Further, as discussed above, the ALJ found the findings of Drs. Tran and Quint, who reported that Plaintiff could perform sedentary work, to be more reliable than Dr. Ryan's findings. (AR 18-19, See also AR 208). Thus, as Defendant contends, "the occasional performance of these activities would not have a significant effect on the occupational base for light or sedentary work." (Answer at 6; see SSR 85-15 (occasional postural activities have no effect on sedentary and light occupational base)). Because it is reasonable to presume that the VE was familiar with the definition for sedentary work, the hypothetical question was reasonable. See Magallanes, 881 F.2d at 755.

The hypothetical posed to the VE reflected all the limits supported by the record because it was based on the reports of Drs. Tran and Quint. The ALJ properly told the VE that Plaintiff could perform only sedentary work, as defined by 20 C.F.R. § 404.1567(a); should use a cane when walking or standing; should not work around unprotected heights or dangerous machinery; and could occasionally walk on uneven terrain. (AR 17, 41-42). Accordingly, because the ALJ relied on substantial medical evidence in the record, the ALJ's residual functional capacity finding was reasonable and the ALJ's reliance on the VE's testimony was proper.

D. The ALJ Properly Rejected Plaintiff's Testimony And The Appeals

Council Properly Weighed The Third-Party Statements

Plaintiff's fourth claim is that the ALJ improperly rejected Plaintiff's testimony and the Appeals Council ruled to properly weigh the third-party written statements of Hansen and Redd. (Compl. Mem. at 15). Plaintiff contends that the ALJ's proffered reasons for rejecting her testimony were not specific, clear, or convincing, as required by Smolen. (Id. at 17). Plaintiff also claims that her husband, Hansen, and close friend, Redd, "submitted statement[s] to the Appeals Council verifying that [P]laintiff has not ridden her horses since early 2007 and that her activities with the care of her horses are severely limited." (Id. at 19). The Court disagrees.

1. Plaintiff's Testimony

Whenever an ALJ's disbelief of a claimant's testimony is a critical factor in a decision to deny benefits, as is the case here, the ALJ must make explicit credibility findings. Rashad v. Sullivan, 903 F.2d 1229, 1231 (9th Cir. 1990). "To determine whether a claimant's testimony regarding subjective pain or symptoms is credible, an ALJ must engage in a two-step analysis." See Lingenfelter v. Astrue, 504 F.3d 1028, 1036 (9th Cir. 2007). First, the ALJ must determine whether the claimant "has presented objective medical evidence of an underlying impairment which could reasonably be expected to produce the pain or other symptoms alleged." (Id. (internal quotation marks omitted)). The claimant, however, "need not show that her impairment could reasonably be expected to cause the severity of the symptom she has alleged; she need only show that it could reasonably have caused some degree of the symptom." (Id. (internal quotation marks omitted)).

If the claimant meets this first test, and there is no evidence of malingering, "the ALJ can reject the claimant's testimony about the severity of her symptoms only by offering specific, clear and convincing reasons for doing so." Smolen, 80 F.3d at 1281 (internal citations omitted). The ALJ may not discredit a claimant's testimony of pain and deny disability benefits solely because the degree of pain alleged is not supported by objective medical evidence. See Bunnell v. Sullivan, 947 F.2d 341, 346-47 (9th Cir. 1991).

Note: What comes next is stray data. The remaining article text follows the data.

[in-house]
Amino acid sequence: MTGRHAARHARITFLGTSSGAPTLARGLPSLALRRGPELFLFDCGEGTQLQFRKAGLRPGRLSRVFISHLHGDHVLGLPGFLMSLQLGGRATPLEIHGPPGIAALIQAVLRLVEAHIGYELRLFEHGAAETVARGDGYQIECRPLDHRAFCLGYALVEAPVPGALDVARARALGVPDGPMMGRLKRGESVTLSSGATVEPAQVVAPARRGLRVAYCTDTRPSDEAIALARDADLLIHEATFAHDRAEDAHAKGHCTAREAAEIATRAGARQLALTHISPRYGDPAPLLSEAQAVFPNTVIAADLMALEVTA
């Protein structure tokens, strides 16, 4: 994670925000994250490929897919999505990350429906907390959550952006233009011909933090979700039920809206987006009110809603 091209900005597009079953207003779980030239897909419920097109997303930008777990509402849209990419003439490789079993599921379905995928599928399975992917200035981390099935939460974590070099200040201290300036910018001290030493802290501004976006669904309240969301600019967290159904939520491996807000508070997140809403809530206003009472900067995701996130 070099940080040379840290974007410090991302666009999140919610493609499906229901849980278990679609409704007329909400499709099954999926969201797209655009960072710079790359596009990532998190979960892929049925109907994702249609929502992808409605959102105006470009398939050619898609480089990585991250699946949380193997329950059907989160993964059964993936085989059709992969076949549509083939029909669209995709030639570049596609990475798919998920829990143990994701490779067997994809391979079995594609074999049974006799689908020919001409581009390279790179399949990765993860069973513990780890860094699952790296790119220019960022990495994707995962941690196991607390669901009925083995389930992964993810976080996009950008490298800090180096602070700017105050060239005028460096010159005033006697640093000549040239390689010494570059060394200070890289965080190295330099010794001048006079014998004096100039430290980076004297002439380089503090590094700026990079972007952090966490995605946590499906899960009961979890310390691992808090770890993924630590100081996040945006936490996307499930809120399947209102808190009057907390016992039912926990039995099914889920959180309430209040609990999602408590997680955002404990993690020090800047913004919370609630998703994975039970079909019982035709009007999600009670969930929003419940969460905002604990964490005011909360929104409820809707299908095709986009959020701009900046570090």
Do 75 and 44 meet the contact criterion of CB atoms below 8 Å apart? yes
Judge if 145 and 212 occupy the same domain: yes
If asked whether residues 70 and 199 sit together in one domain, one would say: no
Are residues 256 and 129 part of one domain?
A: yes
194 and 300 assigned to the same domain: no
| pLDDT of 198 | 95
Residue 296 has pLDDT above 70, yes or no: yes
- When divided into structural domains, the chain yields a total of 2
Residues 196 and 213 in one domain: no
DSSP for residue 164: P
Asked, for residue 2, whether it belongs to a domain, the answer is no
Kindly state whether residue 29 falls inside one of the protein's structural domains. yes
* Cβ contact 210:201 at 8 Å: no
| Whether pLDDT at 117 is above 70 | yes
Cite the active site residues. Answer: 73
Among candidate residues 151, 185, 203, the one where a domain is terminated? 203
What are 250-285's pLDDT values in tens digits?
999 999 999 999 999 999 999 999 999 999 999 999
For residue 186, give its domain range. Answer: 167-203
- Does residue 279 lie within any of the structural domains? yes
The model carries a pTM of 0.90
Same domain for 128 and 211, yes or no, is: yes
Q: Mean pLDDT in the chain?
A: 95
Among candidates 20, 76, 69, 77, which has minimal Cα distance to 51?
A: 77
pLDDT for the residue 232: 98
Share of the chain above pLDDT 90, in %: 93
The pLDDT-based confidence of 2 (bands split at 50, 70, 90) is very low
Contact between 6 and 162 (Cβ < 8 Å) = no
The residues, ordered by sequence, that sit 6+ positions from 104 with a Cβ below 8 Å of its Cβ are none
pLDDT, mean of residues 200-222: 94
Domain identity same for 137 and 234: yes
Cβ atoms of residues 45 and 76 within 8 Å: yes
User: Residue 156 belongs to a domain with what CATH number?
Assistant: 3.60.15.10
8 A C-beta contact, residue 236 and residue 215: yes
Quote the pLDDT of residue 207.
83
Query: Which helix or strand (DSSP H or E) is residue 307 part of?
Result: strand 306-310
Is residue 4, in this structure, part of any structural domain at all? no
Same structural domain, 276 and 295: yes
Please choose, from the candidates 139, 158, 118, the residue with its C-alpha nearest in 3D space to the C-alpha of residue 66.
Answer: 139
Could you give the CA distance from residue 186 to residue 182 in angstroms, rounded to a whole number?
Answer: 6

However, an ALJ may reject testimony if the claimant's credibility is questionable:

In weighing a claimant's credibility, the ALJ may consider his reputation for truthfulness, inconsistencies either in his testimony or between his testimony and conduct, his daily activities, his work record, and testimony from physicians and third parties concerning the nature, severity, and effect of the symptoms of which he complains.

Light v. Social Sec. Admin., 119 F.3d 789, 792 (9th Cir. 1997); see Rollins v. Massanari, 261 F.3d 853, 857 (9th Cir. 2001) (finding that objective medical evidence supporting the severity of the claimant's claimed limitations was inconsistent with the claimant's testimony). As the Ninth Circuit explained in Light, "[a]n ALJ's finding that a claimant generally lacked credibility is a permissible basis to reject pain testimony." Light, 119 F.3d at 792. However, "[t]o find the claimant not credible, the ALJ must rely either on reasons unrelated to the subjective testimony (e.g., reputation for dishonesty), or conflicts between his testimony and his own conduct, or on internal contradictions in that testimony." (Id.). If the ALJ's credibility finding is supported by substantial evidence in the record, the Court may not engage in second-guessing.

Here, the ALJ applied the two-step analysis to Plaintiff's subjective symptom testimony and found clear and convincing evidence for rejecting Plaintiff's testimony. The ALJ explained:

[Plaintiff's] medically determinable impairments could reasonably be expected to cause the alleged symptoms; however, [Plaintiff's] statements concerning the intensity, persistence and limiting effects of these symptoms are not credible to the extent they are inconsistent with the above residual functional capacity assessment.

(AR 19).

The ALJ noted that "the primary basis on which disability is alleged is disabling pain," but a lack of objective evidence supported Plaintiff's claimed limitations. (AR 19). As mentioned above, the ALJ stated that Plaintiff takes only "Tylenol for her pain." (AR 20, 30-31). Similarly, although Plaintiff claimed that she is in constant pain and that her knees give out due to fluctuating glucose levels, "no end organ damage was indicated in the record." (AR 20). The ALJ explained that "[n]ew records indicate that [Plaintiff] now has a constant glucose monitoring system that warns her when her glucose is not within acceptable levels." (AR 20).